LG dominated the UltraWide scene throughout 2015 - but it wasn't doing so well in the QHD or 4K monitor markets, in my opinion. The QHD gaming monitor market was and still is dominated by ASUS and Acer. The 4K market is quite spread out with no clear 'winners' yet. LG came to excel in the TV market with its OLED sets, where we fell in love with the 65-inch curved 4K-capable OLED TV that LG sent us earlier this year, too.

21:9 UltraWide Gaming Monitors Arrive

Then, Acer dropped one of its best monitors ever - the XR341CK. Acer's XR341CK was a 34-inch Curved UltraWide display with a 34-inch IPS panel with its 3440x1440, which was a good start - then my eyes opened wider when I heard about the addition of FreeSync. Now we're talking, I thought - but then, the refresh rate can be pumped up to 75Hz! 75Hz versus 60Hz is a great jump, especially for the feel of 'smoothness' on your desktop, and more importantly, gaming. We loved the monitor, but its dominance didn't last long.

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Acer went all-in with UltraWide gaming monitors by releasing the Predator X34. Acer's new Predator X34 was everything that the XR341CK was, except it offered NVIDIA's G-Sync technology and a much higher refresh rate. Where the FreeSync-based model drove up to 75Hz, the new G-Sync-powered Predator X34 took things to an entirely new level: 100Hz. Yep, 100Hz at 3440x1440 is freakin' incredible - I'm typing in front of it right now, as it is my daily driver. It's my dream screen until 34-inch Curved UltraWide monitors start hitting 120Hz and 144Hz next year at 3440x1440 - next year is going to kick so much ass.

What to Expect in 2016 & Oculus Rift and HTC Vive Coming Soon

The biggest changes in resolutions and refresh rates are going to come from DisplayPort 1.3, which will amp up the available bandwidth to 32.4 Gbps - an increase of 50% from the 21.6 Gbps on tap from DisplayPort 1.2. But it's not just DisplayPort that will provide huge resolutions and ever-increasing refresh rates, but it'll be VR headsets, too.

DisplayPort 1.3 allows up to 4K @ 120Hz, or 3440x1440 @ 190Hz

Right now, we're limited to 4K 60Hz and 3440x1440 at 100Hz on the Acer Predator X34, but in 2016, we're going to see these shackles broken and new heights reached. DisplayPort 1.3 will allow for 4K @ 120Hz, and even 3440x1440 at a huge 190Hz - yeah, 190Hz. On the lower-end of the spectrum, 1920x1080 will be capable of 240Hz, and so too will 2560x1440. It'll be a huge year for refresh rates, and I'm sure NVIDIA and AMD are rubbing their hands together with glee. AMD's new Radeon cards in 2016 will support DP 1.3, so I'm sure NVIDIA's new GPUs will, too.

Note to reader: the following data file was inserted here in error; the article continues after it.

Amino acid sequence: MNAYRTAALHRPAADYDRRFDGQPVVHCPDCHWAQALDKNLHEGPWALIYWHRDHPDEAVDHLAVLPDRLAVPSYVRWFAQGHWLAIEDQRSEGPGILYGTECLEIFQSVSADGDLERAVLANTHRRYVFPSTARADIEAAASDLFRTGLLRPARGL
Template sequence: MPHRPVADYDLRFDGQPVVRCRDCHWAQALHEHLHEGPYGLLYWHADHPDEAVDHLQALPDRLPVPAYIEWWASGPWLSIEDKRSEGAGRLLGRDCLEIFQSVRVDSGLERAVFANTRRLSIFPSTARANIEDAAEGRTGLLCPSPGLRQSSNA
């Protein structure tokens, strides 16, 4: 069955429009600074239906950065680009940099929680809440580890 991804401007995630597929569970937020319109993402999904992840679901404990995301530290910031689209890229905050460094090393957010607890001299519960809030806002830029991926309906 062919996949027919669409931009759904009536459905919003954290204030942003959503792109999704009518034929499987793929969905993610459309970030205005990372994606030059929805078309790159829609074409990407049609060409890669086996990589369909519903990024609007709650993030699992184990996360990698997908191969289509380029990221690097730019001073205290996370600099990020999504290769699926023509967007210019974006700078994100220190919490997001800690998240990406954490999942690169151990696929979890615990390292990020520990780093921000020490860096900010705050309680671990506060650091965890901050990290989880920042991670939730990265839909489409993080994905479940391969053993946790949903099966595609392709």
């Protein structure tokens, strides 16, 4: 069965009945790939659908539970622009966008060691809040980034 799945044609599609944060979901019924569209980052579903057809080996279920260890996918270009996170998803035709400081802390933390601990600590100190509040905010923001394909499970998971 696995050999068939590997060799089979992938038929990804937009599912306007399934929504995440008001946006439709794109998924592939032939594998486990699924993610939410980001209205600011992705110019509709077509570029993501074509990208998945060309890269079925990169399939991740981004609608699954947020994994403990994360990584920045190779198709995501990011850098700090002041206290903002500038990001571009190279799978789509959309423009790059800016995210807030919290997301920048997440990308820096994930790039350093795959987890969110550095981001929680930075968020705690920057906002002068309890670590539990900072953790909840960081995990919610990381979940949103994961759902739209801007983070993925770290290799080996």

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4K at 120Hz with G-Sync or FreeSync is going to be absolutely incredible, but I'm personally worried about the physical panel size. 28-inch panels aren't big enough to use 4K to its full potential, so I want to see some monitor manufacturers offering 30 or 32-inch 4K monitors with the glorious 120Hz refresh rate. When it comes to UltraWide monitors, I simply can't believe we're going to see 190Hz at 3440x1440... that's going to be absolutely incredible. The Predator X34's dominance will be short lived, especially when it has its predecessor clocking in at 190Hz. Ugh, I'm so excited!

Entering a new reality with VR

As much as I'm excited about display technology, resolutions and refresh rates, I'm just as, if not more, excited about the future of VR headsets. As an owner of both the Oculus Rift DK1 and DK2 headsets, I've also tried the various Rift prototypes at trade shows like CES and GTC, as well as the HTC Vive a few times along the way. At CES 2016 early next month, I've got a meeting booked with HTC to try out the latest iteration of the Vive and the nifty refreshed controllers. I'm beyond excited to see what HTC and Valve have done after they've teased a "very, very big technological breakthrough" with the Vive recently.

The HTC Vive will rock the following specs:

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  • Resolution: 2160x1200 (or 1080x1200 per eye)
  • Display tech: OLED
  • Refresh rate: 90Hz
  • FOV: 110 degrees (or higher)
  • Input: SteamVR controllers

The Oculus Rift will feature:

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  • Resolution: 2160x1200 (or 1080x1200 per eye)